7. Grayson Rodriguez 50

The Orioles first round draft pick this year, GrayRod, as we’ll refer to him as from here on out is a big physical HS RHP. He has a heavy FB that sits in the mid-90s and has touched 98mph, he also flashes an above average slider, a solid curveball, and a developing changeup. He combines this with a repeatable delivery. While he doesn’t have the present out pitch that DL Hall did when drafted last year, the slider shows plus potential (he’s only been throwing it for months) and he has a better frame and pitch mix than the Orioles top pick in 2017.

8. Ryan McKenna 50

The breakout prospect of 2018 in the Orioles system. McKenna offers plus-plus speed that he makes good use of in CF. He’s at least an average defender there, pairing his quickness with an average arm. He could be better than that with some added polish to his routes and reads. At the plate McKenna has a quick bat, some sneaky pop, and an improved ability to fight off pitches and work the count. The biggest question with his profile going forward is whether he’ll continue to hit for enough power to profile as a regular. The floor is 4th OF though and there is significant upside as a top of the order table setter who provides above average defense up the middle.

9. Dillon Tate 50

Tate was the centerpiece of the Zach Britton trade, he’s a former 4th overall pick who has had some ups and downs in his pro career. The Rangers (who drafted him) had him change his delivery, this killed his velocity and the effectiveness of his offspeed pitches. The Yankees got him back on the right track after acquiring him in a trade and his fastball is back touching 98mph and sitting in the mid-90s. He adds a slider which is an inconsistent pitch that can be plus at times, but also gets hung from time to time. He’s developed a changeup which may be his best pitch, it offers tumble and fade with good arm speed. He’s working on a two seam fastball as well. He has significant upside now that his stuff is back, #2/#3 starter wouldn’t be out of the question. There is also significant risk, he’s had a series of injuries and his fastball command is lacking for a rotation piece.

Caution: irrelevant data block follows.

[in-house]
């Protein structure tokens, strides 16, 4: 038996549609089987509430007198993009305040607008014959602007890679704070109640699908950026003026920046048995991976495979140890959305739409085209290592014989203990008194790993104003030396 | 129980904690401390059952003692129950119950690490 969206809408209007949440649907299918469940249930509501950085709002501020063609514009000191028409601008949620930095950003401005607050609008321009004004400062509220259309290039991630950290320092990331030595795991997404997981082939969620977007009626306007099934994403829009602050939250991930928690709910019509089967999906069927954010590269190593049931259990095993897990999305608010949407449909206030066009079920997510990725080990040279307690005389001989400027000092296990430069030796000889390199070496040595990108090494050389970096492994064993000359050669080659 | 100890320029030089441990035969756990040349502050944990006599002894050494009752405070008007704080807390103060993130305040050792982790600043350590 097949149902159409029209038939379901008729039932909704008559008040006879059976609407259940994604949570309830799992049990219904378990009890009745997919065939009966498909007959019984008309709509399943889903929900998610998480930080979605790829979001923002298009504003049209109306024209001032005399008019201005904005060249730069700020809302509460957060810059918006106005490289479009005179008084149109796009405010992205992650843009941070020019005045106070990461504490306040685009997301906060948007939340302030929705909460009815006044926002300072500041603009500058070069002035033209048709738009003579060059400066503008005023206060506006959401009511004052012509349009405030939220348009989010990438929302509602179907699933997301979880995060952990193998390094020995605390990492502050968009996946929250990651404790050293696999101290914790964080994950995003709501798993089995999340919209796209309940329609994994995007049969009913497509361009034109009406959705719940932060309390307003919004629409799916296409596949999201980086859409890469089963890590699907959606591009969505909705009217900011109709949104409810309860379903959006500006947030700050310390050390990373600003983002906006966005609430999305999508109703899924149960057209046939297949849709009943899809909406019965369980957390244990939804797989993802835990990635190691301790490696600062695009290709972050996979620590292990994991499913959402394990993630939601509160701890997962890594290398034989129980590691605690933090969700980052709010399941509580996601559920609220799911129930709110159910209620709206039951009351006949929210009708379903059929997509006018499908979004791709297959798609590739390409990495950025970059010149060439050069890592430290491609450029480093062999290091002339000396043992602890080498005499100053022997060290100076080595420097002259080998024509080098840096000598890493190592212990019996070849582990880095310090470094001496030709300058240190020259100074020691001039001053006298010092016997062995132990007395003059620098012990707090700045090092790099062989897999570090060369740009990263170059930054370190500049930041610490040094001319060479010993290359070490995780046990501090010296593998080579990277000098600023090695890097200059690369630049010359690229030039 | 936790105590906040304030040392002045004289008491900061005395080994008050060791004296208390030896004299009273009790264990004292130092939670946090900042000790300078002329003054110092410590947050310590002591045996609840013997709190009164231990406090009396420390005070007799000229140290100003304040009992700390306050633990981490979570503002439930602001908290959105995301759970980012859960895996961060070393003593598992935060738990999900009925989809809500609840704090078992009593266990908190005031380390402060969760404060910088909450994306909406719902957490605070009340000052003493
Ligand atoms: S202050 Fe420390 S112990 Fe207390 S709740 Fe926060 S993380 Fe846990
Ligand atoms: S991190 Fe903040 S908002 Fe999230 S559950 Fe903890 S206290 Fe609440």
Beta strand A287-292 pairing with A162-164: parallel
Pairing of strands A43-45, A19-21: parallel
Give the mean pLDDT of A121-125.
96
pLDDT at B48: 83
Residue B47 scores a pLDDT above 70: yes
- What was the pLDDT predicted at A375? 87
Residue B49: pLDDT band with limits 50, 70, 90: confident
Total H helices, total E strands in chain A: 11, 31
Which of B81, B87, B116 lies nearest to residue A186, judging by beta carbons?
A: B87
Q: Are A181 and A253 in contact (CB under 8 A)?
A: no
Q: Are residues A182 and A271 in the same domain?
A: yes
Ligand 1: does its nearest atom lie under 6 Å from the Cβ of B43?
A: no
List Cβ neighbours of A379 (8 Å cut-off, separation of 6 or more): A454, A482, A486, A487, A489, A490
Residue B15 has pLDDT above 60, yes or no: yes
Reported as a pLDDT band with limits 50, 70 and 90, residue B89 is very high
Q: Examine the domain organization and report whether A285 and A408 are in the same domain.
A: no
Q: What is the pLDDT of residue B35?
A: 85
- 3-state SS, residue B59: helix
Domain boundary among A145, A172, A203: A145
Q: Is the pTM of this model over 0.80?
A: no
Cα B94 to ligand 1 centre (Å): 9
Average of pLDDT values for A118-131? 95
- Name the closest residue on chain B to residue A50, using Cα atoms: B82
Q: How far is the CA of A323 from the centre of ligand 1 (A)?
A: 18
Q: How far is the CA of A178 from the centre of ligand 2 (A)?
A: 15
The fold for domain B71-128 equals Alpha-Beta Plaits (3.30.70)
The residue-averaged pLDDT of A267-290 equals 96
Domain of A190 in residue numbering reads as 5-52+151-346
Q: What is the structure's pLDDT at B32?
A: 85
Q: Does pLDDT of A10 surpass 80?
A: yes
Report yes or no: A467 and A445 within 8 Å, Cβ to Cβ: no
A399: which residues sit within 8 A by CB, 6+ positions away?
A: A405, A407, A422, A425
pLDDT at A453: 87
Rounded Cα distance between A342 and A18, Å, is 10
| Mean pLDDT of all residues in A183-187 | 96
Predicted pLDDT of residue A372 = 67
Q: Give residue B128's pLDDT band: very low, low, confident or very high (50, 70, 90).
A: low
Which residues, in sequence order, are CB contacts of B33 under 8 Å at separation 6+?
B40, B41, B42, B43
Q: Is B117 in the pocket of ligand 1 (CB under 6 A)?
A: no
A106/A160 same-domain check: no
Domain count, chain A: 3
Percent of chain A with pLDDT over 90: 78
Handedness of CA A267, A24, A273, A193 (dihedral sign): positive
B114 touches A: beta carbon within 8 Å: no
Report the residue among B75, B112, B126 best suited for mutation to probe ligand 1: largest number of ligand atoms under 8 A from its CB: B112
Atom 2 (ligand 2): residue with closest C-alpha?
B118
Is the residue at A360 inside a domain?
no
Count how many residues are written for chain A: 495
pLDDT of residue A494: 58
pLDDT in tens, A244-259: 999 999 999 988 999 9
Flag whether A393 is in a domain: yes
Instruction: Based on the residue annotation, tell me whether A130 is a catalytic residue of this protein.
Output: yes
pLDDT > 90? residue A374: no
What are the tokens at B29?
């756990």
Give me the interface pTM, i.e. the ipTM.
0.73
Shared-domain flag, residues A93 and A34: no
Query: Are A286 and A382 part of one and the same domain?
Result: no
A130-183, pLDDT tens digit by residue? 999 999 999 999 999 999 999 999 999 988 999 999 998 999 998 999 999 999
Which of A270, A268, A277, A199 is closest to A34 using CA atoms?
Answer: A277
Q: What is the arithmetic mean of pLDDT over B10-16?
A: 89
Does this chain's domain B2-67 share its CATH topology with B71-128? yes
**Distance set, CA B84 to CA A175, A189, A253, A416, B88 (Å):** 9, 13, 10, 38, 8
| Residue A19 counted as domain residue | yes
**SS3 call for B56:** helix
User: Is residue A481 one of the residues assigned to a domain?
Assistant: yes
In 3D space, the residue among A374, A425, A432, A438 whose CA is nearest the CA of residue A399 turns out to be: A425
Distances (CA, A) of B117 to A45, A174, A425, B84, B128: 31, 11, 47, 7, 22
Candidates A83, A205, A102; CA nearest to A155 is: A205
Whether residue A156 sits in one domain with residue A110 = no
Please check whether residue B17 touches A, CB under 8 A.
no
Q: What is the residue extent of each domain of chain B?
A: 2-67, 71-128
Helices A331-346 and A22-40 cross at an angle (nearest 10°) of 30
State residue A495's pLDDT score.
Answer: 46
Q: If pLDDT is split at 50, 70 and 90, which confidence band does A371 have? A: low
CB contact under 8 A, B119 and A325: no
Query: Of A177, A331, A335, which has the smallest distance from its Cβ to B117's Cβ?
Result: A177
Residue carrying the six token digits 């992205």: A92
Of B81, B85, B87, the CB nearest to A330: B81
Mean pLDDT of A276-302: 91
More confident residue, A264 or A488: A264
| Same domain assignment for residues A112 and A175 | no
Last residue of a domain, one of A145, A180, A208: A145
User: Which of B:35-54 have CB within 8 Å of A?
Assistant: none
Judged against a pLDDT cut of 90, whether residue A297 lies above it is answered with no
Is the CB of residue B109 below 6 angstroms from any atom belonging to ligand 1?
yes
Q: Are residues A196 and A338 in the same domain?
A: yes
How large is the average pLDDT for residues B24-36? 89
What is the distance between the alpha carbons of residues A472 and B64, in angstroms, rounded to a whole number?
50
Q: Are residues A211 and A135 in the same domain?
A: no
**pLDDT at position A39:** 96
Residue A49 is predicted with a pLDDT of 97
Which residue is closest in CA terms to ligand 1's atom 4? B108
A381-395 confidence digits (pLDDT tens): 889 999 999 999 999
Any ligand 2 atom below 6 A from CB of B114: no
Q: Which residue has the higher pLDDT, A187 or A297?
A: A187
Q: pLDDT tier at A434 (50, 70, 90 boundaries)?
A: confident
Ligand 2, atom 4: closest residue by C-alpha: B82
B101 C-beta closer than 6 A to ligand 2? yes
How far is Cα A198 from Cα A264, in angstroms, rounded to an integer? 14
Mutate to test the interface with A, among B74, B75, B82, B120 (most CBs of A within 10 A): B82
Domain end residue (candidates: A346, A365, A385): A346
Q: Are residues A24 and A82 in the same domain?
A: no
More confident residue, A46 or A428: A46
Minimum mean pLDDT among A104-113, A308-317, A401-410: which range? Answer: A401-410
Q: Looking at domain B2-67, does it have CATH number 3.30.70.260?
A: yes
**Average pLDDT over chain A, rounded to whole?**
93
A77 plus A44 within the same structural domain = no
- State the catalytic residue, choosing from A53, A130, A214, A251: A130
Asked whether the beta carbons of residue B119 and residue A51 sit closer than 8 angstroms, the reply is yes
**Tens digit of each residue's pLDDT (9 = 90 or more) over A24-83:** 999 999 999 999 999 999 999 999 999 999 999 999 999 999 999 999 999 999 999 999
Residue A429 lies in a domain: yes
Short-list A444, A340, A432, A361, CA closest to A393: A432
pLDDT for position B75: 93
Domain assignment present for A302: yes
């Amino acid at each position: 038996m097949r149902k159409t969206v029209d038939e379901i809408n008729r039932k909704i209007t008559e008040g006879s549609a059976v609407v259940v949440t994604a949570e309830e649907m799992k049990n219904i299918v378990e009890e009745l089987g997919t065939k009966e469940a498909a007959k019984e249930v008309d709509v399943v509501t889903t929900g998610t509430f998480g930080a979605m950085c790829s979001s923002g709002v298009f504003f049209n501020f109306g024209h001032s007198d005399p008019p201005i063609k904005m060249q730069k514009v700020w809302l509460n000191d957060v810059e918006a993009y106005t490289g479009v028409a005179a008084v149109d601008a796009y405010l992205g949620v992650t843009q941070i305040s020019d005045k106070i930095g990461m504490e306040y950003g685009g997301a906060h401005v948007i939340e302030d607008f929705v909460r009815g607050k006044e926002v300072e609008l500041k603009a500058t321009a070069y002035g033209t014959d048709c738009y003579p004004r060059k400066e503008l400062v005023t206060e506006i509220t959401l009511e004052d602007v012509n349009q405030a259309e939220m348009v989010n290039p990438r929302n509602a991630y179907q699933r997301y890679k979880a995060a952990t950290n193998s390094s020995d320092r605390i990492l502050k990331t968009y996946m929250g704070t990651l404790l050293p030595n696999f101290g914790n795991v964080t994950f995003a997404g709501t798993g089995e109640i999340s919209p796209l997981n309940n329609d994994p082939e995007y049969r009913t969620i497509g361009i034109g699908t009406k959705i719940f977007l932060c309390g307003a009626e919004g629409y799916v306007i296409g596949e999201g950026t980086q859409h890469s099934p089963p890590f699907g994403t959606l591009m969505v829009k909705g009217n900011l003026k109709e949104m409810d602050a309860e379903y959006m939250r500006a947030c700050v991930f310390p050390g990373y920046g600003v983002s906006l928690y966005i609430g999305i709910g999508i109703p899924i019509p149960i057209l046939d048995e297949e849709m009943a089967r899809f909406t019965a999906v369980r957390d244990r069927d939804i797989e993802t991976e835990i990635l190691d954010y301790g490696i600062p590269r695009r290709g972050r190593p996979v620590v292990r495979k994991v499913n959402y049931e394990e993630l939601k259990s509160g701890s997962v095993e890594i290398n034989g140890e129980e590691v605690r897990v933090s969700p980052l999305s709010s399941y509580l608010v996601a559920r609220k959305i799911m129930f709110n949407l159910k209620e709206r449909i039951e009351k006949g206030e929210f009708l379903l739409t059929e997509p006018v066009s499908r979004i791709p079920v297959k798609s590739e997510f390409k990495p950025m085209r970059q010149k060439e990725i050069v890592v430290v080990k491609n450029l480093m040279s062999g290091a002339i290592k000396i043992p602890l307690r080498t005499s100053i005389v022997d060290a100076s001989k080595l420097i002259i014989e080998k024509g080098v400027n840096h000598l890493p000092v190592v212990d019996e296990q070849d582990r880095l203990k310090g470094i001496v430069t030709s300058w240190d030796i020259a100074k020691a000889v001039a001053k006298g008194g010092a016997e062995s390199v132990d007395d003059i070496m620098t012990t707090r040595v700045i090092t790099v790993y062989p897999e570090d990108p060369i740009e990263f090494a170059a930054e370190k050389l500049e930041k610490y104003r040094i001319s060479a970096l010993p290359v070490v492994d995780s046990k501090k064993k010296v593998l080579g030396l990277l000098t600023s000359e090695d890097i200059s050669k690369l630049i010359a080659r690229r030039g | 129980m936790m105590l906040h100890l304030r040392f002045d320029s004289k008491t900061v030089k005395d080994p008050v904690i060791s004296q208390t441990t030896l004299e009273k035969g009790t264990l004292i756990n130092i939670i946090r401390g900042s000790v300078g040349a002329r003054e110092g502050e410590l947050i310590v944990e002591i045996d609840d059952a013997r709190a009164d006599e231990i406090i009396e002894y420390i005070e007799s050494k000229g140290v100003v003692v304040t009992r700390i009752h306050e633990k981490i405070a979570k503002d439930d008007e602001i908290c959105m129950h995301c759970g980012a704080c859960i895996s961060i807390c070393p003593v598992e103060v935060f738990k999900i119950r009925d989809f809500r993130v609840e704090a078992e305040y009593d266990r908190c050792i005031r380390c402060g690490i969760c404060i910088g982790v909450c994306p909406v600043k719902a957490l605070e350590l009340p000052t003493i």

10. Keegan Akin 50

Akin has battled a few bad starts where he walked everybody, but for the most part he’s living up to the potential I saw in his Arizona Fall League video last year. He offers three pitches that all miss bats at the AA level. None are wipeout pitches, but all are at least MLB average. His fastball is a high spin number that has seen a velocity spike touching 96mph, a number he hadn’t seen as a pro. He also offers a slurvy breaking ball and a deceptive changeup that is a weapon against RHB. He used to throw a 2-seam fastball, but I haven’t seen it much this year, it’s the weakest of the arsenal. Despite the issues throwing strikes that he encounters from time to time, he has average command with a chance for more thanks to a simple, compact delivery. He looks like a 4th/5th starter with a chance for mid-rotation upside and a strong floor as a reliever. The fact he’s lower in these ranking than in the offseason despite improving his profile, shows the growth of this system.

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Luke Siler
Luke graduated from Drexel University and is a former Division I athlete. He now resides in NOVA and watches an obscene amount of minor league baseball. In addition to baseball, he enjoys good coffee, good beer, weightlifting, and spending quality time with his wife and daughter.